Regulators say that it is not a violation of privacy in the Gramm-Leach-Bliley Act for financial advisers to report suspected financial abuse of the elderly to local, state or federal agencies. Not only are they permitted to do this, but regulators are encouraging banks and other financial advisers to report instances of suspected exploitation of the elderly.
The Gramm-Leach-Bliley Act states that no financial or broker firm has the right to disclose a client's information to a third party without first informing that client and giving them the opportunity to refuse the release of this information. Disclosing information regarding possible abuses to government agencies is not barred by this act, according to a statement released Tuesday.
The Director of the Consumer Financial Protection Bureau stated "Reporting suspected elder financial abuse to the appropriate authorities is typically the right thing to do and generally will not violate the Gramm-Leach-Bliley Act."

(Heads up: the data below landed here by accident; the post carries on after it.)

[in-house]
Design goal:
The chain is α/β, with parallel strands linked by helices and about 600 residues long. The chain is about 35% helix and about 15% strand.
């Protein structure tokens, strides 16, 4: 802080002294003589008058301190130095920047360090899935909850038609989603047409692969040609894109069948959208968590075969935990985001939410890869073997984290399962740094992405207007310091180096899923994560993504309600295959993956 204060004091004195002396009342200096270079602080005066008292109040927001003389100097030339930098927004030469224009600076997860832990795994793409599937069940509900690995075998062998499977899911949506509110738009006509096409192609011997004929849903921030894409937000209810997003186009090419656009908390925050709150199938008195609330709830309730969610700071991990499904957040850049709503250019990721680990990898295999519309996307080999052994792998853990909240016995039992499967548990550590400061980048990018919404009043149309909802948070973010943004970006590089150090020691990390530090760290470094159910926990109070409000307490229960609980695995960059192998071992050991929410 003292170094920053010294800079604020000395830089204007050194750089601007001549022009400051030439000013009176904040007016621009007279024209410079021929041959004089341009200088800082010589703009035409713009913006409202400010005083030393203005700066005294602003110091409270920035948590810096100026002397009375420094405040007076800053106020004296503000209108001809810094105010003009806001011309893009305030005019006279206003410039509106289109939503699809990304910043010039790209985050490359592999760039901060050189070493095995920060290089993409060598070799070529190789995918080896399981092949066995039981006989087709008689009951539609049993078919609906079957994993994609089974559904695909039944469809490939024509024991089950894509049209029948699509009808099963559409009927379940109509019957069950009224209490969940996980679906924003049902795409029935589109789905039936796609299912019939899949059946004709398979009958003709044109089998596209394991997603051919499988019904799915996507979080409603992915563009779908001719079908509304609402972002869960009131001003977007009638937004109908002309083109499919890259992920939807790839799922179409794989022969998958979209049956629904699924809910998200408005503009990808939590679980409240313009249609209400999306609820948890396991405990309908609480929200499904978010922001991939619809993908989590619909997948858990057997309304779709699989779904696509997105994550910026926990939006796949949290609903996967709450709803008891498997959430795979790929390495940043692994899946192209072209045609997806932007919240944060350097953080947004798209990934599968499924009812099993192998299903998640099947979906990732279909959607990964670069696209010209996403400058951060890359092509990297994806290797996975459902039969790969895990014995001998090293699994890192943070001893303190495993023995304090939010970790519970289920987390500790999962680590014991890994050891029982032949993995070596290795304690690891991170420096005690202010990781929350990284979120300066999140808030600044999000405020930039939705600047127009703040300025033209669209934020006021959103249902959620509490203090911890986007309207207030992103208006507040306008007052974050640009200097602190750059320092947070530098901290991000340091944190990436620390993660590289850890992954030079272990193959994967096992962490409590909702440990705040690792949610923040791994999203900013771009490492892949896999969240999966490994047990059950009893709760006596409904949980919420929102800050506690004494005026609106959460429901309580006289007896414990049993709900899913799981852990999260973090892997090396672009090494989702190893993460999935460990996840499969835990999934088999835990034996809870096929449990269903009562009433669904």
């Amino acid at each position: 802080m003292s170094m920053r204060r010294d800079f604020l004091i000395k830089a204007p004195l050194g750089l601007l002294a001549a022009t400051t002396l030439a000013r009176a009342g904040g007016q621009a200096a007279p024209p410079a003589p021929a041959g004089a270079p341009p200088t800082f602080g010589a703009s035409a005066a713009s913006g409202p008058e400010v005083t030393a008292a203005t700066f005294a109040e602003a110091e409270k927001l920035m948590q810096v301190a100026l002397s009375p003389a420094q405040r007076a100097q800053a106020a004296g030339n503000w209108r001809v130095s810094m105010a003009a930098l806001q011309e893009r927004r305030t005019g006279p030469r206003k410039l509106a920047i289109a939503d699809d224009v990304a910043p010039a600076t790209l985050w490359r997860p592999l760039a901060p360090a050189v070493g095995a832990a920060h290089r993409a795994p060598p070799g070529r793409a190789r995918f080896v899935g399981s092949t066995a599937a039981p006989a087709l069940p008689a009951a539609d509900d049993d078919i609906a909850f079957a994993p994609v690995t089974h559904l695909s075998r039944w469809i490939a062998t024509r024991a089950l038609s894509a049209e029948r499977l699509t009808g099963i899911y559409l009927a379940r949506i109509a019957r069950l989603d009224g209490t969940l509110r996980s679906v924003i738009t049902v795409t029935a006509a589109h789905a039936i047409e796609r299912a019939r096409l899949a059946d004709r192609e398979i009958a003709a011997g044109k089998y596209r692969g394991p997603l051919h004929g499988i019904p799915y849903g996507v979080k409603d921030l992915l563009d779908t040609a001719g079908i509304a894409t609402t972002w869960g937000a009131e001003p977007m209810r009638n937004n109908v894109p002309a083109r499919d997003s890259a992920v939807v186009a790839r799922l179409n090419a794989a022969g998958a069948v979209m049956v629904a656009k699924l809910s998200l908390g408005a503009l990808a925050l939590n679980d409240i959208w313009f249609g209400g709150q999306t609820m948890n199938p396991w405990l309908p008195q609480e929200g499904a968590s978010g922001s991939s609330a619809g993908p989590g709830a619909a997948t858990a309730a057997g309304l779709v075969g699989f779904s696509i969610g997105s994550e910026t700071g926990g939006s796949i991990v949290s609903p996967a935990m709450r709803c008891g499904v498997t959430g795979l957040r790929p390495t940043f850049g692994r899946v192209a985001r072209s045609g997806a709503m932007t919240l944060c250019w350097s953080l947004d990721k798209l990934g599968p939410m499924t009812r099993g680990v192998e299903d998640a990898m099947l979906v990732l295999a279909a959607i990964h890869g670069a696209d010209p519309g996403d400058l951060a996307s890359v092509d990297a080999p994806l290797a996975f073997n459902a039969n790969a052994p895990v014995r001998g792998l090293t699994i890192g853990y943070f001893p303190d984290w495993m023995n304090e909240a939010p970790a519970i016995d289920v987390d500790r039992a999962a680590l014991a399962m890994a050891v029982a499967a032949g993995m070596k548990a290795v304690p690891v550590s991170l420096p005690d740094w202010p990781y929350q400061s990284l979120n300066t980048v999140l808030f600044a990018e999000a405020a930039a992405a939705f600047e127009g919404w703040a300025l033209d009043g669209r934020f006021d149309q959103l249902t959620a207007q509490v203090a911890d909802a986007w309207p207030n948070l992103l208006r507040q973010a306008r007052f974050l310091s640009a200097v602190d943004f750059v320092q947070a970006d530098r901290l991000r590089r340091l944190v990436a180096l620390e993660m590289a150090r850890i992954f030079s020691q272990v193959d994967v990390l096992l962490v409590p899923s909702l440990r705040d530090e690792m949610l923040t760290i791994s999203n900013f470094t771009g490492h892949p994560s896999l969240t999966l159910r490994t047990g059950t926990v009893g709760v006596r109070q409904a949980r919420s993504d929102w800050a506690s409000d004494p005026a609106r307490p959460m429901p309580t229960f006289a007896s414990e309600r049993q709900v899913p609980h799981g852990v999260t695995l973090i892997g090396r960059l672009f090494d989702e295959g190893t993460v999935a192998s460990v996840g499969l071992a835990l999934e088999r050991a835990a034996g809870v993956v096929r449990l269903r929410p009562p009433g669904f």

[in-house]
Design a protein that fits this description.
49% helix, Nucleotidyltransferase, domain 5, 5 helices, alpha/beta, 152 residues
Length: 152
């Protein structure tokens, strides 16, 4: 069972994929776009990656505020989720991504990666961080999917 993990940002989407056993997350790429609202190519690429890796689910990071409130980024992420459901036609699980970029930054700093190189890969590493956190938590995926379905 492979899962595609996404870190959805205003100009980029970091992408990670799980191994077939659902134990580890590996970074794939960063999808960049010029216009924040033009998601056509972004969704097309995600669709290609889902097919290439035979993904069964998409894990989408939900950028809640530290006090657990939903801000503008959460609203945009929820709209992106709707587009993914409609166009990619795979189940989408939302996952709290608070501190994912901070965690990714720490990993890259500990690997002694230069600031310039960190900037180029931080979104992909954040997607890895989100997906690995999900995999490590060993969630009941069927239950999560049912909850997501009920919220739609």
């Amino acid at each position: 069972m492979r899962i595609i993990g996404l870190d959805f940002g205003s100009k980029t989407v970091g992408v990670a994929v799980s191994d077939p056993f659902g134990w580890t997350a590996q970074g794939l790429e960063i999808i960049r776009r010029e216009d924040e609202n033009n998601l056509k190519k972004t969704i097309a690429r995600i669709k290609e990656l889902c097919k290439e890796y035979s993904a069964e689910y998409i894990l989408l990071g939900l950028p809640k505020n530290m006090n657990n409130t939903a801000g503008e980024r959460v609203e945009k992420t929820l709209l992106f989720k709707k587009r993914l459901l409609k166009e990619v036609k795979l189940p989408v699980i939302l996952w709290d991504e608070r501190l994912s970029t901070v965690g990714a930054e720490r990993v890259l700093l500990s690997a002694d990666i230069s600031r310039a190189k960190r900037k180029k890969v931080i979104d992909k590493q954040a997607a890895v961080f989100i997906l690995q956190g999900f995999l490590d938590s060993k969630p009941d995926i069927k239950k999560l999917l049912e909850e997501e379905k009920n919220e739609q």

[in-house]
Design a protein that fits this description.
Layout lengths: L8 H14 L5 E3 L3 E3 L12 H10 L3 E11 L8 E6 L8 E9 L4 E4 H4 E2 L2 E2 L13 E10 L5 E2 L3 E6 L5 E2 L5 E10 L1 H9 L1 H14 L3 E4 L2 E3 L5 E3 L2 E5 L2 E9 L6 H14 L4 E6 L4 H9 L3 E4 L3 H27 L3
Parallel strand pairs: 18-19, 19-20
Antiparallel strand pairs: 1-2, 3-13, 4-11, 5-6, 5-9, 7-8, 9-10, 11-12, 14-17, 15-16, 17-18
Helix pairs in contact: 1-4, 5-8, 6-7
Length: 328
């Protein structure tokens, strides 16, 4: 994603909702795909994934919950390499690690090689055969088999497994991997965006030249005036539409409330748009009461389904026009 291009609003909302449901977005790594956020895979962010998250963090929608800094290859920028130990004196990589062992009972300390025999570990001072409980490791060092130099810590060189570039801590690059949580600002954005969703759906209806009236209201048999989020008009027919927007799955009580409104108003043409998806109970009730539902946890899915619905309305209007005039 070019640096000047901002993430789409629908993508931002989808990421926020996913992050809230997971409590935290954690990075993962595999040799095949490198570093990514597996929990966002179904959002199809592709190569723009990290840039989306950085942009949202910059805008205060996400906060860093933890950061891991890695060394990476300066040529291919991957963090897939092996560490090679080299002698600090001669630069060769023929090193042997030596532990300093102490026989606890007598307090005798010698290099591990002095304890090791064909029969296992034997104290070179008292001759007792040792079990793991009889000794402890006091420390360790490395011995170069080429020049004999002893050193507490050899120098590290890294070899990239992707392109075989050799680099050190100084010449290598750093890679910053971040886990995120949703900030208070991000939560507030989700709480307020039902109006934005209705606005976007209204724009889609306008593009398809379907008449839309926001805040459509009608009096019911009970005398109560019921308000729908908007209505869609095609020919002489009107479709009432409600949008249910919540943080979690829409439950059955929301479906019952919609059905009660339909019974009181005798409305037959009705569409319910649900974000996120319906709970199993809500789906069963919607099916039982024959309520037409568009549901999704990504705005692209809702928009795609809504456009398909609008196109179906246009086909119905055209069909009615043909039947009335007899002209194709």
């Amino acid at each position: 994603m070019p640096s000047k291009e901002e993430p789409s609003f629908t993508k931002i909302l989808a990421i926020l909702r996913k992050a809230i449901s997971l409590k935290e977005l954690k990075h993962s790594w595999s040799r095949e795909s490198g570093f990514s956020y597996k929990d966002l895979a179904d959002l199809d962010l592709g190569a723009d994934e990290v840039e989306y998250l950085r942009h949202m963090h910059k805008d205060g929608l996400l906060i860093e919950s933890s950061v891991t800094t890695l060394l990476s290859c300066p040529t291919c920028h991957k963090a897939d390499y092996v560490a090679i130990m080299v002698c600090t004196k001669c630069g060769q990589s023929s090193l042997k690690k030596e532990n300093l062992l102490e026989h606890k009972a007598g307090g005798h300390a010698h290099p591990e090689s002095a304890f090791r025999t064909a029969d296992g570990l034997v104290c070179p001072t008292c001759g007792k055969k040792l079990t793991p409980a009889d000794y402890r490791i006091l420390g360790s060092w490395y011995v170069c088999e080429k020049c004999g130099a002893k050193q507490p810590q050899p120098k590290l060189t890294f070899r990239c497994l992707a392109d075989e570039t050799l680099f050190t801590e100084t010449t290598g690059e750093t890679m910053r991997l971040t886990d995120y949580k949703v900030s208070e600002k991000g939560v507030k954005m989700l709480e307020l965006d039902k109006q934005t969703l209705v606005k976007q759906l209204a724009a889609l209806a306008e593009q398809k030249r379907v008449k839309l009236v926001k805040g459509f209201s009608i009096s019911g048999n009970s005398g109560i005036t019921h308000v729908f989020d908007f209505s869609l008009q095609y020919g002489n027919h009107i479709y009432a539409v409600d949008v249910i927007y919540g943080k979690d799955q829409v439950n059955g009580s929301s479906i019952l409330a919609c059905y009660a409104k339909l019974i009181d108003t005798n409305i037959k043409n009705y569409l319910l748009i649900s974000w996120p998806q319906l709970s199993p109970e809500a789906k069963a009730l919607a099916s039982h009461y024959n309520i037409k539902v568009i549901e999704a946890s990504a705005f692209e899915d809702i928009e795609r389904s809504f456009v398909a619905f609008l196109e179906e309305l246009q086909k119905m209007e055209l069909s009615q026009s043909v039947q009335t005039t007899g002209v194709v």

The director went on to explain that senior citizens are common targets of financial abuses such as investment fraud because not only do they possess accumulated assets at their age, but many of them also suffer from weakened mental aptitude.
Banks and other financial institutions are encouraged to be on the lookout for activity such as:
- Irregular transactions,
- Repeated large withdrawals,
- Purchase transactions uncommon for older adults,
- Attempting to wire large amounts of money at random,
- Closing accounts despite penalties, and
- Any other uncommon or suspicious activity.
If you believe that your elderly loved one has fallen victim to a financial scam and suffered significant losses, please contact an investment fraud lawyer at Meyer Wilson today to receive a free evaluation of your case.
Watch the video below for more information on elder financial abuse.